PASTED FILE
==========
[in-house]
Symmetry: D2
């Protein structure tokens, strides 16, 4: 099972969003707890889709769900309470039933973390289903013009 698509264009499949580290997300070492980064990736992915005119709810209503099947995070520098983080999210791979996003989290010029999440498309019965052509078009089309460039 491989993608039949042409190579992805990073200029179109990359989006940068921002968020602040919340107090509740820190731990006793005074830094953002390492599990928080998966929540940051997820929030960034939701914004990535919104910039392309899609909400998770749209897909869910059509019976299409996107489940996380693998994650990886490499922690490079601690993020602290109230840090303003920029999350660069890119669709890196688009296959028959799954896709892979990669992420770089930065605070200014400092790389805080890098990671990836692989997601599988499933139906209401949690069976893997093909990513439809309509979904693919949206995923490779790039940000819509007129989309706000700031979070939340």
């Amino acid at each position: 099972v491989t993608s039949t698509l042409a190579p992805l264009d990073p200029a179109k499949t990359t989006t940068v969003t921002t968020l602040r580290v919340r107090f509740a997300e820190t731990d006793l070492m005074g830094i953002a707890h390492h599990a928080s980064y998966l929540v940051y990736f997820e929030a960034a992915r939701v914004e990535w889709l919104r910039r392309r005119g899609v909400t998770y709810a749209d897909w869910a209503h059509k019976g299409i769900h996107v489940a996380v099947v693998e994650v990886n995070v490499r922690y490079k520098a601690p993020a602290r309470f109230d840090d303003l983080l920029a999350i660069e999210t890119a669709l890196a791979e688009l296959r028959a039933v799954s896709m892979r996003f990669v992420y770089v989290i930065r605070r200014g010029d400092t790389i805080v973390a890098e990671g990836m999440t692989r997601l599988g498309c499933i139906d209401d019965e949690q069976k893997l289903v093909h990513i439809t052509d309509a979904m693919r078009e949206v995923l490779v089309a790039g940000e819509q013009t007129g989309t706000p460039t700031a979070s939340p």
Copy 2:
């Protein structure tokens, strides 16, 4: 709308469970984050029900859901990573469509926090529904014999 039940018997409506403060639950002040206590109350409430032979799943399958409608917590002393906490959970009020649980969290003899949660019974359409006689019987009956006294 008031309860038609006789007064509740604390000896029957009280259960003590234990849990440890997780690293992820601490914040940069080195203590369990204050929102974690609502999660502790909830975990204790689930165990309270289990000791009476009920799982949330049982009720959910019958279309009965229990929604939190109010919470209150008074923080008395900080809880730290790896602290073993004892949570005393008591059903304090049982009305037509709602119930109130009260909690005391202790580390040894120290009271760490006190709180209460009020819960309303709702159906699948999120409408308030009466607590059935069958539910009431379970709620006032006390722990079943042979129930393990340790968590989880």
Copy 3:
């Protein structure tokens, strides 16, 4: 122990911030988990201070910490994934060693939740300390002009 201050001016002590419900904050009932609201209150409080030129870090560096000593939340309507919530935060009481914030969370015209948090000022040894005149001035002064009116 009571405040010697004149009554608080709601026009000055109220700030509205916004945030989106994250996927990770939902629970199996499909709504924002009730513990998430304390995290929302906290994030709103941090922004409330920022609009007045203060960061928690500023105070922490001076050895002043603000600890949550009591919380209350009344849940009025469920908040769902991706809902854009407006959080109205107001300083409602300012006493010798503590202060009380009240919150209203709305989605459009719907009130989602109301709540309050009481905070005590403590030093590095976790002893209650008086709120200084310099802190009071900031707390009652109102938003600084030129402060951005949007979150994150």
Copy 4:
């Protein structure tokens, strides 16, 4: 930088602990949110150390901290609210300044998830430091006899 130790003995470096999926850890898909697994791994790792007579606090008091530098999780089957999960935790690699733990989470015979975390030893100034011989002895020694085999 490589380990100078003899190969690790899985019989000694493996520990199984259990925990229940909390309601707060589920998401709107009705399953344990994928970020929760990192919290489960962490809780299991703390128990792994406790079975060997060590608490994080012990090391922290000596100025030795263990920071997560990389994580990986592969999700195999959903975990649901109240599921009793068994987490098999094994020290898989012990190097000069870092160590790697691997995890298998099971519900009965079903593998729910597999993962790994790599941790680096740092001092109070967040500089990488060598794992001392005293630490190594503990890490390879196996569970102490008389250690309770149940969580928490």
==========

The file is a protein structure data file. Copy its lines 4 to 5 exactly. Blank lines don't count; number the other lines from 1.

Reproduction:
């Amino acid at each position: 099972v491989t993608s039949t698509l042409a190579p992805l264009d990073p200029a179109k499949t990359t989006t940068v969003t921002t968020l602040r580290v919340r107090f509740a997300e820190t731990d006793l070492m005074g830094i953002a707890h390492h599990a928080s980064y998966l929540v940051y990736f997820e929030a960034a992915r939701v914004e990535w889709l919104r910039r392309r005119g899609v909400t998770y709810a749209d897909w869910a209503h059509k019976g299409i769900h996107v489940a996380v099947v693998e994650v990886n995070v490499r922690y490079k520098a601690p993020a602290r309470f109230d840090d303003l983080l920029a999350i660069e999210t890119a669709l890196a791979e688009l296959r028959a039933v799954s896709m892979r996003f990669v992420y770089v989290i930065r605070r200014g010029d400092t790389i805080v973390a890098e990671g990836m999440t692989r997601l599988g498309c499933i139906d209401d019965e949690q069976k893997l289903v093909h990513i439809t052509d309509a979904m693919r078009e949206v995923l490779v089309a790039g940000e819509q013009t007129g989309t706000p460039t700031a979070s939340p």
Copy 2: